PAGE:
Oberlin, etc.

I’m listening to this episode of the Honestly podcast, on a dispute between Oberlin College and a local bakery: https://www.honestlypod.com/podcast/episode/e765b3b3/oberlin-accused-the-gibsons-of-racism-now-it-owes-them-dollar36-million

It’s a maddening conflict, reminiscent of a similar incident from last year at Smith College in which administrators railroaded a janitor, a campus security officer, and a lupus-afflicted cafeteria worker after a student accused them of racism. But they are both instructive episodes, inasmuch as they allow a glimpse into a few of the central purposes of progressive liberal arts colleges (PLACs) in the current age:

  1. To train an increasingly diverse collection of upwardly-mobile, bourgeois private school graduates to be semi-educated activists, while
  2. relying upon the cheap labor of townies of average talent who could never be admitted according to the schools’ increasingly onerous admissions policies, and
  3. hoarding enormous endowments and building real estate empires in the towns where they’re located, establishing an increasingly tyrannical “gown over town” relationship.

In this respect, PLACs like Oberlin and Smith are just another kind of anarchotyrannical power broker—like big business, organized crime, etc.—seeking to establish the conditions of their own flourishing and win riches for themselves to the detriment of the social fabric around them. Townies be damned: the wheel of progress turns only through the effort of enlightened institutions, so the students are right to terrorize them for being regressive, ignorant schmucks. Better to run them out of town, or at least make them live permanently in fear of speaking their minds.

I spent a few days at Oberlin College in 2009, after being bailed out of Richland County Jail in Mansfield where I’d been held a weekend for “trespassing on railroad property” (pulled off a freight train). A friend had a friend there; I slept under a staircase for three days and made cheesecake from a recipe given to me by a fellow inmate. Up to that point I’d had extremely limited experience with “small liberal arts colleges”: the only one I’d ever stepped foot on before was Shepherd University in West Virginia, where I’d found a brief love interest and was subjected to a few soon-to-be-vogue “privilege walks” at a number of “anti-oppression workshops.” My very limited experience of higher education (that summer prowling around Shepherd, a brief stint at Marshall University in Huntington, the occasional trip to WVU with an ex-girlfriend, and some friends who attended West Virginia State in the town of Institute) suggested that most people who attended colleges and universities came from the surrounding areas. At Oberlin, though, I was surprised to find that students came from everywhere, nobody seemed to be studying anything, and everyone wanted to be an artist, an activist, or (in most cases) both. Mostly, though, they wanted to do drugs and sleep with each other. All things considered, this wasn’t much different from the Richland County Jail.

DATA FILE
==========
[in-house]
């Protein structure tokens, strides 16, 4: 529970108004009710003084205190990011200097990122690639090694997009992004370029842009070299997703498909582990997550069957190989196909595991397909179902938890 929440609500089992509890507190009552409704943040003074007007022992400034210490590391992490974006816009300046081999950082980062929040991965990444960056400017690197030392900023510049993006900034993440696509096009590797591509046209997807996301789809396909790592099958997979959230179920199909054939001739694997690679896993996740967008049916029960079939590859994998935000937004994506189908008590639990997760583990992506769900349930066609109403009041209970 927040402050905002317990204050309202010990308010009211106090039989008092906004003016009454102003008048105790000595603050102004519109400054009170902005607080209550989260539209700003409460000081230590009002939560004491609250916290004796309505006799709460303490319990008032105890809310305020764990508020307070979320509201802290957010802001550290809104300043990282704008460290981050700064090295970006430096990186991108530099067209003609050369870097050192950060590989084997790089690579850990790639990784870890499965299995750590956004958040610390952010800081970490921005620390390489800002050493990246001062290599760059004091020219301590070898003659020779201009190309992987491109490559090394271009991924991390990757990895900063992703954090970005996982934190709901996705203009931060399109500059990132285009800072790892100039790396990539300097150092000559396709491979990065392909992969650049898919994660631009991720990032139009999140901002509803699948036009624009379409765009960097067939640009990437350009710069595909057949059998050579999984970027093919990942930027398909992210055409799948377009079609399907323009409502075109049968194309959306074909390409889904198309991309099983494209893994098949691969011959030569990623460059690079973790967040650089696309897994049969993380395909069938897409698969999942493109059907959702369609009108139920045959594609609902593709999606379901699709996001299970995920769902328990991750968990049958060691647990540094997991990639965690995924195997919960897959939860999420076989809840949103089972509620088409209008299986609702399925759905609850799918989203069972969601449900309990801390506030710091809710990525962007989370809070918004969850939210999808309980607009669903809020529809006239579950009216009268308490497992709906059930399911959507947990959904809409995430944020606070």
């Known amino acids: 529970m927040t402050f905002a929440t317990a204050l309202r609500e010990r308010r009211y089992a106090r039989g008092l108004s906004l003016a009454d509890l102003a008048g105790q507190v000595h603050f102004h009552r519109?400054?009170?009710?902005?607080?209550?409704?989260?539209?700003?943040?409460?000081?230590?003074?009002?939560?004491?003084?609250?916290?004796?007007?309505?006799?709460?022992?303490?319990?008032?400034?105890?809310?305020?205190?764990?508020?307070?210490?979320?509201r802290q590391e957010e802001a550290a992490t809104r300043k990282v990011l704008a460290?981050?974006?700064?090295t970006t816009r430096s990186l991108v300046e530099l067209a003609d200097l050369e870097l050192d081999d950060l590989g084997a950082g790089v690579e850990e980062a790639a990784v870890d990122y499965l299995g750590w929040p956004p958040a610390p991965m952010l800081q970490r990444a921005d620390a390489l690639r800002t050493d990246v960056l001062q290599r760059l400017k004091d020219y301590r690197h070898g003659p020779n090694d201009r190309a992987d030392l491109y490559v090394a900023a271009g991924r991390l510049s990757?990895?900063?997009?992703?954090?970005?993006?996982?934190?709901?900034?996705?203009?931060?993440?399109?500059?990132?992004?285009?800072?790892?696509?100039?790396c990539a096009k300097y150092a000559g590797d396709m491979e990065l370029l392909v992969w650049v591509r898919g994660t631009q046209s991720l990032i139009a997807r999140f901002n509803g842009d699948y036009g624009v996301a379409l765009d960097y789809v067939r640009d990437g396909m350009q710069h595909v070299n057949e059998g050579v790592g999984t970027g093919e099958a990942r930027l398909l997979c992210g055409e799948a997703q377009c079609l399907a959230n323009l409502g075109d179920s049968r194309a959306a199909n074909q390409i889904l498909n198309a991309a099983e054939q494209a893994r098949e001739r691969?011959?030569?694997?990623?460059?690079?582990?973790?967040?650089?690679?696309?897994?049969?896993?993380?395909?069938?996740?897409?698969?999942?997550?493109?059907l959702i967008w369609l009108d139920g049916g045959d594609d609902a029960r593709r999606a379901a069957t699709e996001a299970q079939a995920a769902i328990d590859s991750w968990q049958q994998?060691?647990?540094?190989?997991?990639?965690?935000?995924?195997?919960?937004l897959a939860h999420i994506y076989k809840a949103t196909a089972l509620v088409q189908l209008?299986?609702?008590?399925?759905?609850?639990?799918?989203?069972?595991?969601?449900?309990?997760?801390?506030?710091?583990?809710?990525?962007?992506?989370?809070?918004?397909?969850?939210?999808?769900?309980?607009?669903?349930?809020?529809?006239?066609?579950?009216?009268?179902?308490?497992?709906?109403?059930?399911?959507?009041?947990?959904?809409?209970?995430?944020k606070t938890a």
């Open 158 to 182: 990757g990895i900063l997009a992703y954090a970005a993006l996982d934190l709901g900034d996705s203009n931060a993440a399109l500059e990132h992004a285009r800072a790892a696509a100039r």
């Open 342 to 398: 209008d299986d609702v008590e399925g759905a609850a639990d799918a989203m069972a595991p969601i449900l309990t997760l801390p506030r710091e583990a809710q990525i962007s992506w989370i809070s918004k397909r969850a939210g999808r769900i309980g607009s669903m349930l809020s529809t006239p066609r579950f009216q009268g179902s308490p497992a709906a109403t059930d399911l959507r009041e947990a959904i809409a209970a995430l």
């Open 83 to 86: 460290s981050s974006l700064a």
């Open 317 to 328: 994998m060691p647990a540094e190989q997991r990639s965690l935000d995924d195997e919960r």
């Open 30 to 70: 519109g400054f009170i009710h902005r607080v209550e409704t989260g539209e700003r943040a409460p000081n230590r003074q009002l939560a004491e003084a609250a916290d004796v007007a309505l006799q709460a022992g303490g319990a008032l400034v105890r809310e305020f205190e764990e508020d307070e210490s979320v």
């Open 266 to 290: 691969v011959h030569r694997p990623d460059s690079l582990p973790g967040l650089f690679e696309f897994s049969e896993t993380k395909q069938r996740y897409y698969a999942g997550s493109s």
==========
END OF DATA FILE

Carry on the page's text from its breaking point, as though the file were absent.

Liberal arts colleges need to be told that they cannot be tyrants—that they need to be friendly contributors to the life of their host cities, rather than seeking to establish themselves as robber barons in a factory town. Part of how this gets done is, as the Gibsons’ lawyer puts it beautifully in the podcast, is to remind administrators—forcefully, if necessary—that “what they are running is not a nursery school, it’s a college. And in that regard it’s their responsibility not to merely appease students—and when students rush to judgment or rush off in one direction, their responsibility isn’t just to support them and applaud their efforts…[but] to be the adult in the room.” The last few decades have shown us just how compatible student activism is with the neoliberalization of higher education: make students into footsoldiers of special esoteric ideologies and they’ll happily test out “changing the world” on random people and institutions that inconvenience them, opening up real estate investment opportunities and demanding the creation of endless new academic initiatives and committees along the way. There’s far less power and money to be won by helping them become responsible moral and political agents.

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